By June 1948, Israel had carried out further ethnic cleansing operations, and had piled up military victories against the Arab armies and irregulars. Saudi Arabia urged the US to maintain the appearance of neutrality, for fear of inciting a regional response.
By November 1948, Truman had largely backed off from putting pressure on Israel, even to accept a small number of refugees. Why? Here Gendzier’s excavations really bring out some intriguing evidence. She first notes the testimony of the US Consul in Jerusalem, William Burdett, who sent telegrams to Washington speaking of how the refugees simply wanted to go home “regardless of the government in control,” and were “victims not only of the UN and Israel but of the failure of the other Arab States to live up to their boasts.” As he added, their “lack of hope and faith…make the refugees an ideal field for the growth of communism.” Burdett was righter than he knew, with the Marxist-Leninist Popular Front for the Liberation of Palestine eventually rooting itself deeply in the majority-refugee Gaza Strip.
Such warnings went unheard. In March 1949, the chief of staff of the U.S. Air Force noted, “Existing Joint Chiefs of Staff policy on this subject appears now to have been overtaken by events. The power balance in the Near and Middle East has been radically altered… [Israel] has demonstrated by force of arms its right to be considered the military power next after Turkey in the Near and Middle East.” By May 1949, the Joint Chiefs of Staff said, “From the viewpoint of tactical operations, Israel’s territory and its indigenous military forces, which have had some battle experience, would be of importance to either the Western Democracies or the USSR in any contest for control of the Eastern Mediterranean-Middle East area.”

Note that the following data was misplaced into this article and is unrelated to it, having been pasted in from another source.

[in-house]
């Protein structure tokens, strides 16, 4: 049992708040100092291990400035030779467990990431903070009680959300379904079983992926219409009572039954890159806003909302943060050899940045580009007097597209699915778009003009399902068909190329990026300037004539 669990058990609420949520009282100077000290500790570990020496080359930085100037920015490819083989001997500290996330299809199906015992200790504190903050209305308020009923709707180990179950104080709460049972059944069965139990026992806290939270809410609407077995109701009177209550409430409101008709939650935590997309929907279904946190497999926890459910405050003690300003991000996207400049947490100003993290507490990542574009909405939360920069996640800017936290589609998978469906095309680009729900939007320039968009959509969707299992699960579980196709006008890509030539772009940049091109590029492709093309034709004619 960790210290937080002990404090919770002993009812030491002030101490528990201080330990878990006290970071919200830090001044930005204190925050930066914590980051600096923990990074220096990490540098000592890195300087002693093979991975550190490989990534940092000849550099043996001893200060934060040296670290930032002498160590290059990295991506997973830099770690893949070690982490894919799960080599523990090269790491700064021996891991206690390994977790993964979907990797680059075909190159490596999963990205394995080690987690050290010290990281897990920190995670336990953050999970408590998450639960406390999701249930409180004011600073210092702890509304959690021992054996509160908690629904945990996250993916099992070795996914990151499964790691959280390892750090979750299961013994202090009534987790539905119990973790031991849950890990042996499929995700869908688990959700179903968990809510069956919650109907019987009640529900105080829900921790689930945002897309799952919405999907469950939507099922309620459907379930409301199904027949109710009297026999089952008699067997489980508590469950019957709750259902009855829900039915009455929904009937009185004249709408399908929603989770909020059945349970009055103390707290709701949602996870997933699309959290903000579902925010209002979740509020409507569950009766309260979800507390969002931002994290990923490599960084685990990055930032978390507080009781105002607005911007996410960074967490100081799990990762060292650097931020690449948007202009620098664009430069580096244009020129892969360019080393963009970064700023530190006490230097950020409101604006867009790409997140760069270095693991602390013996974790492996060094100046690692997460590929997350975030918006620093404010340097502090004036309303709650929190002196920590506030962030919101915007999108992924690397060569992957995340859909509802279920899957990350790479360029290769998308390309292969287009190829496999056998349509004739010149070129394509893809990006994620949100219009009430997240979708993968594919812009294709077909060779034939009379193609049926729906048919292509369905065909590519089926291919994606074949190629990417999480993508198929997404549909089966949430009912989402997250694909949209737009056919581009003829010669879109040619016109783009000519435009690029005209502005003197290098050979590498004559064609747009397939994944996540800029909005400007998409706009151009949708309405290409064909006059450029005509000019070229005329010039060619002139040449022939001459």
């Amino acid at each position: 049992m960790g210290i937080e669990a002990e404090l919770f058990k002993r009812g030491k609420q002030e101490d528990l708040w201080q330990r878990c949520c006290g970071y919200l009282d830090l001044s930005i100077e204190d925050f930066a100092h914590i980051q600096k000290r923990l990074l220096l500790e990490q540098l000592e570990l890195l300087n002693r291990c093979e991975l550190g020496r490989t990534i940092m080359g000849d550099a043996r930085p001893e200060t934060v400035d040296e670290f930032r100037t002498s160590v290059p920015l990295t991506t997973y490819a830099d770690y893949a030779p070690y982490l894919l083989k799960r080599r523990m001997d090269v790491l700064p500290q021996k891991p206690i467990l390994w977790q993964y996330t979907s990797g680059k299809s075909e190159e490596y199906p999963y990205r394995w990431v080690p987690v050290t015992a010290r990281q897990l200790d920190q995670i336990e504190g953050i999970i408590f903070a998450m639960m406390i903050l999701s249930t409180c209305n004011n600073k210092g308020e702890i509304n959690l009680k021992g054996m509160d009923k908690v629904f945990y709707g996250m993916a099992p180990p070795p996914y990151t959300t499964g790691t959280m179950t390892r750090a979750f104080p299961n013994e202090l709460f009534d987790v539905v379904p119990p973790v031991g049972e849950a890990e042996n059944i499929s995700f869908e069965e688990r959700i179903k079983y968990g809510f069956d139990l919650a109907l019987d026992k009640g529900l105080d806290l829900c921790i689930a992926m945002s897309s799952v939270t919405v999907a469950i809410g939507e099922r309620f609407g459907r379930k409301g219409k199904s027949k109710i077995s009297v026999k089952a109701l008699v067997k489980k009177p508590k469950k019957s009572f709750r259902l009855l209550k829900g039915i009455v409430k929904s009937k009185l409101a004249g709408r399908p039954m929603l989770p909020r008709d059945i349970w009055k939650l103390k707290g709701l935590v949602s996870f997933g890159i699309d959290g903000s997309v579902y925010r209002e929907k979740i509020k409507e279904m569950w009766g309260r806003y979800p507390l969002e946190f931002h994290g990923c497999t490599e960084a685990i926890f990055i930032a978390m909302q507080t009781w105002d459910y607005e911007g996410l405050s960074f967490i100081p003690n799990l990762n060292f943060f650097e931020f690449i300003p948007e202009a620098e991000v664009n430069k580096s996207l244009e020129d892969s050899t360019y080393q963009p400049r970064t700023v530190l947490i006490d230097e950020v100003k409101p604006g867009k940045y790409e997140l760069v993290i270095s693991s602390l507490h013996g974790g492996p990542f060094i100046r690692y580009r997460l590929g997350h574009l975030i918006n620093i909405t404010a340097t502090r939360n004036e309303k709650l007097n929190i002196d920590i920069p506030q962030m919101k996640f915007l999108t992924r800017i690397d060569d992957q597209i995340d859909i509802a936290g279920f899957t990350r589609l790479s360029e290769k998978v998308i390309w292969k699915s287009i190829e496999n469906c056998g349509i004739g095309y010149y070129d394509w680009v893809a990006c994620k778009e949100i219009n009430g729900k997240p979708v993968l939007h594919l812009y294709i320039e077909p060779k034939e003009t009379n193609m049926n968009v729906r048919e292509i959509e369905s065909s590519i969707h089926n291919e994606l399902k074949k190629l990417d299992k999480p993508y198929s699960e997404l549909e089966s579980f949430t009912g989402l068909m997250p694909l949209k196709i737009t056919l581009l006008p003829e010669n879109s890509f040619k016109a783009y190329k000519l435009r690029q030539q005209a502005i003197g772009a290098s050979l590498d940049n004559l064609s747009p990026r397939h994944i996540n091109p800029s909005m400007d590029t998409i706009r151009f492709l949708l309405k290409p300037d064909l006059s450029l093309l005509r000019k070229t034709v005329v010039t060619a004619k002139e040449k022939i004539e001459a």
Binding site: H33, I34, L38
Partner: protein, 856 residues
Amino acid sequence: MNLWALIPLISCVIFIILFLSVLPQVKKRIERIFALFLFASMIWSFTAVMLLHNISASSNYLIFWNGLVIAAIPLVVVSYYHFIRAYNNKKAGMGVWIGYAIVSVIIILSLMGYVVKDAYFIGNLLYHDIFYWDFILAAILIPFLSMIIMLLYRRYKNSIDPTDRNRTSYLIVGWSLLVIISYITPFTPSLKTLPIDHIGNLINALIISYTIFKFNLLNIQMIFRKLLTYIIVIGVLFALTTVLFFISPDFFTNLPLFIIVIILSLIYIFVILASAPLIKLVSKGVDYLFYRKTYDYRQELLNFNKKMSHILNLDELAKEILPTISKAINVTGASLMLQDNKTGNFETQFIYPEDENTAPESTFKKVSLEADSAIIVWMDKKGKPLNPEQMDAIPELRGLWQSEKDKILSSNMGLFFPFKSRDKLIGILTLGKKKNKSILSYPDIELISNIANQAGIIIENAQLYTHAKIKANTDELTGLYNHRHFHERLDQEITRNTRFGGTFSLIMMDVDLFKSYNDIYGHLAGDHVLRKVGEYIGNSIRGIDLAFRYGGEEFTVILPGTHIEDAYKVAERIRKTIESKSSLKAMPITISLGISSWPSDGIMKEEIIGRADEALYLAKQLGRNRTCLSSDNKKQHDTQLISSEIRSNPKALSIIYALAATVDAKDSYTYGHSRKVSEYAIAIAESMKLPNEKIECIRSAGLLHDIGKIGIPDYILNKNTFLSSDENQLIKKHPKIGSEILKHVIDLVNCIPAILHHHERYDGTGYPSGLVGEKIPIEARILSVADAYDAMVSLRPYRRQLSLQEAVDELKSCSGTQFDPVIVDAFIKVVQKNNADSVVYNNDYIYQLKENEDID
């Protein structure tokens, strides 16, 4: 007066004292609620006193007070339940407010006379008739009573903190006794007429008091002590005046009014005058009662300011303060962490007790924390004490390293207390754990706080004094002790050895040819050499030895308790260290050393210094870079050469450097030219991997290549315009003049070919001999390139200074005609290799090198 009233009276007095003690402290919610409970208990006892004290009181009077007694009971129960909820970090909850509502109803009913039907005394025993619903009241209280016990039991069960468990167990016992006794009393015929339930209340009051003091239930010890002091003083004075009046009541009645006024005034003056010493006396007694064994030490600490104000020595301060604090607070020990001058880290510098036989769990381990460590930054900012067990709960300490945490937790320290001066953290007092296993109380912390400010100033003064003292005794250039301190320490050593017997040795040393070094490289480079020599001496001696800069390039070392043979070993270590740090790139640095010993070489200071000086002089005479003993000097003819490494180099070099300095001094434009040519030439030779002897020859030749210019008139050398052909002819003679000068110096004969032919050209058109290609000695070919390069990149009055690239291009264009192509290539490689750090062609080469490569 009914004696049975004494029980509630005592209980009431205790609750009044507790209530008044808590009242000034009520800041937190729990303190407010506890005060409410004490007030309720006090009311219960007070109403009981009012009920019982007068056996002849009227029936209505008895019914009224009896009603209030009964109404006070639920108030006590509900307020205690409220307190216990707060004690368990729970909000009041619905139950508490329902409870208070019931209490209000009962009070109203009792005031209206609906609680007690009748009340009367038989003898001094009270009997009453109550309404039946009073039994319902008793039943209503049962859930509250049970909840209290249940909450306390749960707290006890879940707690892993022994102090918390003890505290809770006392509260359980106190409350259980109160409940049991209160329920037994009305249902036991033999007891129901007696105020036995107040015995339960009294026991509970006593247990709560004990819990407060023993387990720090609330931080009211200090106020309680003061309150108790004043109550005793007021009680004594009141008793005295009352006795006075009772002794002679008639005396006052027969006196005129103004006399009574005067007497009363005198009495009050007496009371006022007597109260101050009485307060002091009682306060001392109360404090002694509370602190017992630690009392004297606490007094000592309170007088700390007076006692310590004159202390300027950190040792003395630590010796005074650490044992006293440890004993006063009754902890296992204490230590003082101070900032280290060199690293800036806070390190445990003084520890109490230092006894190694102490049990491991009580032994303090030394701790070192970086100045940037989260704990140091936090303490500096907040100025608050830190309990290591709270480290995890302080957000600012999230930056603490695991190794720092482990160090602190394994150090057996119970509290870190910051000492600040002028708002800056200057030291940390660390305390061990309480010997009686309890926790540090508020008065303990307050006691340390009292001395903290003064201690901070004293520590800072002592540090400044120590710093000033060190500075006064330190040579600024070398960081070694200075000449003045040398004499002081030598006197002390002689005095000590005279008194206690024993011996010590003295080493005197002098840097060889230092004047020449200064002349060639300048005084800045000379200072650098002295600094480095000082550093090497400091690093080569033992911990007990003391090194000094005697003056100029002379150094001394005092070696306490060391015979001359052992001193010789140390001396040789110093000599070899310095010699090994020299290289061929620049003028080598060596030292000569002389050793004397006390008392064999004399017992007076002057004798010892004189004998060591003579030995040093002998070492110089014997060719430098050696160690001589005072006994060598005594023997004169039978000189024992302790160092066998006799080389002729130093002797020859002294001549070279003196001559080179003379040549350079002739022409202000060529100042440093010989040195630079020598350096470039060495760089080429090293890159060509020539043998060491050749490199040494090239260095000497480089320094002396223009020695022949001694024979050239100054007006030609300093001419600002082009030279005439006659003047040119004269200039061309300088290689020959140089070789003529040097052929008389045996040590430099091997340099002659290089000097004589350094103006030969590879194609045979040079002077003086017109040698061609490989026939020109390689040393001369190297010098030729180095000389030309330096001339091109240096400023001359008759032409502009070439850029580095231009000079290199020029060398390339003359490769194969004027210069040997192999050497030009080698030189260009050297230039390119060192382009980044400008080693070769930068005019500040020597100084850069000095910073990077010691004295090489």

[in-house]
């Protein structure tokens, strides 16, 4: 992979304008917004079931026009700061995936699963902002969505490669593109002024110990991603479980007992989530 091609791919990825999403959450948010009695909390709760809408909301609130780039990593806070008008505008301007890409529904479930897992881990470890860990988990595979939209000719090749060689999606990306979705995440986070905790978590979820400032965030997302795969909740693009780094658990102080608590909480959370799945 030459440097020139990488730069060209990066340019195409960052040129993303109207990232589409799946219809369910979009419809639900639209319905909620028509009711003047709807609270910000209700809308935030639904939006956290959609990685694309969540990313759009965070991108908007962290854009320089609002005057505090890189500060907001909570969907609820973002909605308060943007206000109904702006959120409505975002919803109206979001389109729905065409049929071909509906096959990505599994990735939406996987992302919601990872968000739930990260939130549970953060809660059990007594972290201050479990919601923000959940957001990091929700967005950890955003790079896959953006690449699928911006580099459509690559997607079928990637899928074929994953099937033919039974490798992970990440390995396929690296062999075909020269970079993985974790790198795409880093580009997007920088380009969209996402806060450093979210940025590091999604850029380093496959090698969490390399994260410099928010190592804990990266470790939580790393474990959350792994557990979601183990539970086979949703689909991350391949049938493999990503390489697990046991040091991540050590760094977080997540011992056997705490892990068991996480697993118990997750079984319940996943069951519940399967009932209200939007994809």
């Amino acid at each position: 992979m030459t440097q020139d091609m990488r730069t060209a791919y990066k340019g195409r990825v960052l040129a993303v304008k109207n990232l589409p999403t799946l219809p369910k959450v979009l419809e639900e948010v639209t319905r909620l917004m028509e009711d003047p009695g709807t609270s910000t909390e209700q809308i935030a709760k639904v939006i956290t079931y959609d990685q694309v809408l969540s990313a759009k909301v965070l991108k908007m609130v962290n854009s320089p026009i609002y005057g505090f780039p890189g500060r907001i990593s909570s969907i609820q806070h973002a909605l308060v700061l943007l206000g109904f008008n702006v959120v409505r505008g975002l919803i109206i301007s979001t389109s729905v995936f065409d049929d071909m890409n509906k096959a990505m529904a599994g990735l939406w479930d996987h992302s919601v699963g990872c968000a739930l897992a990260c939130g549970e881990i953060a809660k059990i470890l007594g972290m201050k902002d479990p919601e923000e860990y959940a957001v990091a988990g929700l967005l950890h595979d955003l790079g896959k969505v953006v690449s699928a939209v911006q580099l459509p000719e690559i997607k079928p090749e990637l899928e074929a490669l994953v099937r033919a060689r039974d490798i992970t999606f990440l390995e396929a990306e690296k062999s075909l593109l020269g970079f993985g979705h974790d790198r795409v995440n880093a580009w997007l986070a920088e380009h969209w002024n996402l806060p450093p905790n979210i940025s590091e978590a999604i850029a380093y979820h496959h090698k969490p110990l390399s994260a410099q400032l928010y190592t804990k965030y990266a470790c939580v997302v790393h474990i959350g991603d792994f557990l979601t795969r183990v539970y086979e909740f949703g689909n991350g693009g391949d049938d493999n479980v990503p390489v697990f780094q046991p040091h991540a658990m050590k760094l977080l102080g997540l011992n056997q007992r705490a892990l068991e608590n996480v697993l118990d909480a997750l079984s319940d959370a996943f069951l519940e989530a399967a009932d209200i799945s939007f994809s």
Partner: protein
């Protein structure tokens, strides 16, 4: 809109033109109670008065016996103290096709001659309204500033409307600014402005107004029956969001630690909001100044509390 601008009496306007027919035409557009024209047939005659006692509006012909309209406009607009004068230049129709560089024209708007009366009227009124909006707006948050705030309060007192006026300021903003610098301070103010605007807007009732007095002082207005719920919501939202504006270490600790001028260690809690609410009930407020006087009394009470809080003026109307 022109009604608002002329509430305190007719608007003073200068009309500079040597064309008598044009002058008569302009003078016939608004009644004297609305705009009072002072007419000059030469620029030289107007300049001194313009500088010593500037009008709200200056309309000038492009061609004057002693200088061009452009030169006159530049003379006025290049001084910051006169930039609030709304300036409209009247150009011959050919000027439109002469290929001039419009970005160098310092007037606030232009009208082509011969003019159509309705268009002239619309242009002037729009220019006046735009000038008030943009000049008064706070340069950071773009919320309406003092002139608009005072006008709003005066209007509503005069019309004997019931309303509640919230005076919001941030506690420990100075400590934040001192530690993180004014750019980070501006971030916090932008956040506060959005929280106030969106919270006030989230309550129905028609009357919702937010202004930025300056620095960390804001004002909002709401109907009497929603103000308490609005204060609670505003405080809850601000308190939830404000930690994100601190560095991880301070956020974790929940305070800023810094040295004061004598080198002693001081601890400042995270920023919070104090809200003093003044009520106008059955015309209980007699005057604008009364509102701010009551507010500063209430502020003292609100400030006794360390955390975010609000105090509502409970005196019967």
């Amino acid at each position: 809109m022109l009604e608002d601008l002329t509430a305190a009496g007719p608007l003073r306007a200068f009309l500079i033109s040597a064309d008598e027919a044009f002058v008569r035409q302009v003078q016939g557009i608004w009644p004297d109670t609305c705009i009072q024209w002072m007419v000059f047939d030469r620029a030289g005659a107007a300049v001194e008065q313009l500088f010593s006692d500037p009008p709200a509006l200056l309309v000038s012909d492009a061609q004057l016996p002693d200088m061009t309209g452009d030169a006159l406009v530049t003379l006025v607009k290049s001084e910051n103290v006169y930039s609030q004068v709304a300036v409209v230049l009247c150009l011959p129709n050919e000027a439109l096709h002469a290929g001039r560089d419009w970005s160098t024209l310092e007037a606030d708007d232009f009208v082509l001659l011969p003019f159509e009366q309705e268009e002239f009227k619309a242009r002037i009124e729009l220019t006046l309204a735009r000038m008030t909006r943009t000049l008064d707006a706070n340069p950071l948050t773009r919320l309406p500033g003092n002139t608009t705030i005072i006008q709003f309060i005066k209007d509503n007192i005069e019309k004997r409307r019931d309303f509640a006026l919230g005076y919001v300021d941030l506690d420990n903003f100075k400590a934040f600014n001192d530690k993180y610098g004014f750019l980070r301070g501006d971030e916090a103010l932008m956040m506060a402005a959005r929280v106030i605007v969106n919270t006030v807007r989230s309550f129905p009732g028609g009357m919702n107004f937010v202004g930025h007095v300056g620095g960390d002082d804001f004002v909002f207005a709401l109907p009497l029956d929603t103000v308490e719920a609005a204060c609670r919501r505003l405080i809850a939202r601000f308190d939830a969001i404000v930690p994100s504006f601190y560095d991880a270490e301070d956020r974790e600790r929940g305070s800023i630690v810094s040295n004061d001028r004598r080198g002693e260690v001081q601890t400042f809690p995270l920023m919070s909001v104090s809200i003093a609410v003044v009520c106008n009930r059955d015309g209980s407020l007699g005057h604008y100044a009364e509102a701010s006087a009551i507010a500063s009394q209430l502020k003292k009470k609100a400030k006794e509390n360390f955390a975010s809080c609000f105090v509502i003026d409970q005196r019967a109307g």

Gendzier concludes, “The decision to defer to Israel on these core issues signified Washington’s subordination of the Palestine Question, and its legitimation of Israel’s use of force in its policy toward the Palestinians to calculations of US interest.”
The author has contributed seriously to our knowledge of a crucial historical episode. She does not suggest that we ought to backdate the Special Relationship to 1948. On the other hand, she delivers a devastating blow to the complaints of Arabists that it was always the “common sense” in Washington that Israel was a useless albatross.
If one can take issue anywhere, it is that Gendzier does not give enough attention to the interests of the oil companies in the region, or in setting US foreign policy in this era. By not setting out their views more systematically, or offering the reader a regional overview, she might presume too much knowledge of the intricacies of the US-Saudi Arabia Special Relationship. One might also lose the sight of the contours of the landscape of power amidst the blurring effect of a blizzard of details about internal diplomatic maneuvering during this intense two-year period.
Finally, the question of the relative power of different sectors of government is opaque. Clearly, the President would have given weight to the opinions of the Joint Chiefs of Staff. But how were the oil companies weighing in during this period? Did they go along to get along? Or were they focused chiefly on keeping close relations with Saudi Arabia, conducting a parallel commercial diplomacy? Be that as it may, this intensely textured and intensively researched monograph has reworked our knowledge of a key period in US and global history. It ought be read and considered widely.